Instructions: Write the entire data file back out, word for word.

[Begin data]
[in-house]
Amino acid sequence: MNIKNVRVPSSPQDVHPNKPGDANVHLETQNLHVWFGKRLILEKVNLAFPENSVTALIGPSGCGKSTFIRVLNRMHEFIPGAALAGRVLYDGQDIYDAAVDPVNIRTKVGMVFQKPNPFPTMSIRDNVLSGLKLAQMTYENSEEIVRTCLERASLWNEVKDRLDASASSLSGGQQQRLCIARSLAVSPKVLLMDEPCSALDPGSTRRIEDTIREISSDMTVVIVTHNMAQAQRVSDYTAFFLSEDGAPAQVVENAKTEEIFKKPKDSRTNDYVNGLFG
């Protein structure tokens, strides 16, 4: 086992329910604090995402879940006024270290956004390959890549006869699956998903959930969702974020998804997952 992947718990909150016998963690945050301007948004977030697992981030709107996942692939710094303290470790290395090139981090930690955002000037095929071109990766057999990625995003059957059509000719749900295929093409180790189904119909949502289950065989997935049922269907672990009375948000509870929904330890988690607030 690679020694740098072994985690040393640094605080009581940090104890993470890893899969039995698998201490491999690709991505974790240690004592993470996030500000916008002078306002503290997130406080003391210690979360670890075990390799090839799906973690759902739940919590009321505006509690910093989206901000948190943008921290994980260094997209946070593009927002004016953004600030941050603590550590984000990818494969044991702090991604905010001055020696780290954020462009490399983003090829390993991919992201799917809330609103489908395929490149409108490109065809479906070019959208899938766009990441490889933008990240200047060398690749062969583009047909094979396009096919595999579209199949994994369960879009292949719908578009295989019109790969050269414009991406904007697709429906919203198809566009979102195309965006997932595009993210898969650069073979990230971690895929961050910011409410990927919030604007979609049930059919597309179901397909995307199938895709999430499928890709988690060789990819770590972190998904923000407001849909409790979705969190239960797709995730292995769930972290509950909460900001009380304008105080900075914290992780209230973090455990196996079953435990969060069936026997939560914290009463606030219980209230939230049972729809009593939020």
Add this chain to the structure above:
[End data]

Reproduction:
[in-house]
Amino acid sequence: MNIKNVRVPSSPQDVHPNKPGDANVHLETQNLHVWFGKRLILEKVNLAFPENSVTALIGPSGCGKSTFIRVLNRMHEFIPGAALAGRVLYDGQDIYDAAVDPVNIRTKVGMVFQKPNPFPTMSIRDNVLSGLKLAQMTYENSEEIVRTCLERASLWNEVKDRLDASASSLSGGQQQRLCIARSLAVSPKVLLMDEPCSALDPGSTRRIEDTIREISSDMTVVIVTHNMAQAQRVSDYTAFFLSEDGAPAQVVENAKTEEIFKKPKDSRTNDYVNGLFG
């Protein structure tokens, strides 16, 4: 086992329910604090995402879940006024270290956004390959890549006869699956998903959930969702974020998804997952 992947718990909150016998963690945050301007948004977030697992981030709107996942692939710094303290470790290395090139981090930690955002000037095929071109990766057999990625995003059957059509000719749900295929093409180790189904119909949502289950065989997935049922269907672990009375948000509870929904330890988690607030 690679020694740098072994985690040393640094605080009581940090104890993470890893899969039995698998201490491999690709991505974790240690004592993470996030500000916008002078306002503290997130406080003391210690979360670890075990390799090839799906973690759902739940919590009321505006509690910093989206901000948190943008921290994980260094997209946070593009927002004016953004600030941050603590550590984000990818494969044991702090991604905010001055020696780290954020462009490399983003090829390993991919992201799917809330609103489908395929490149409108490109065809479906070019959208899938766009990441490889933008990240200047060398690749062969583009047909094979396009096919595999579209199949994994369960879009292949719908578009295989019109790969050269414009991406904007697709429906919203198809566009979102195309965006997932595009993210898969650069073979990230971690895929961050910011409410990927919030604007979609049930059919597309179901397909995307199938895709999430499928890709988690060789990819770590972190998904923000407001849909409790979705969190239960797709995730292995769930972290509950909460900001009380304008105080900075914290992780209230973090455990196996079953435990969060069936026997939560914290009463606030219980209230939230049972729809009593939020």
Add this chain to the structure above: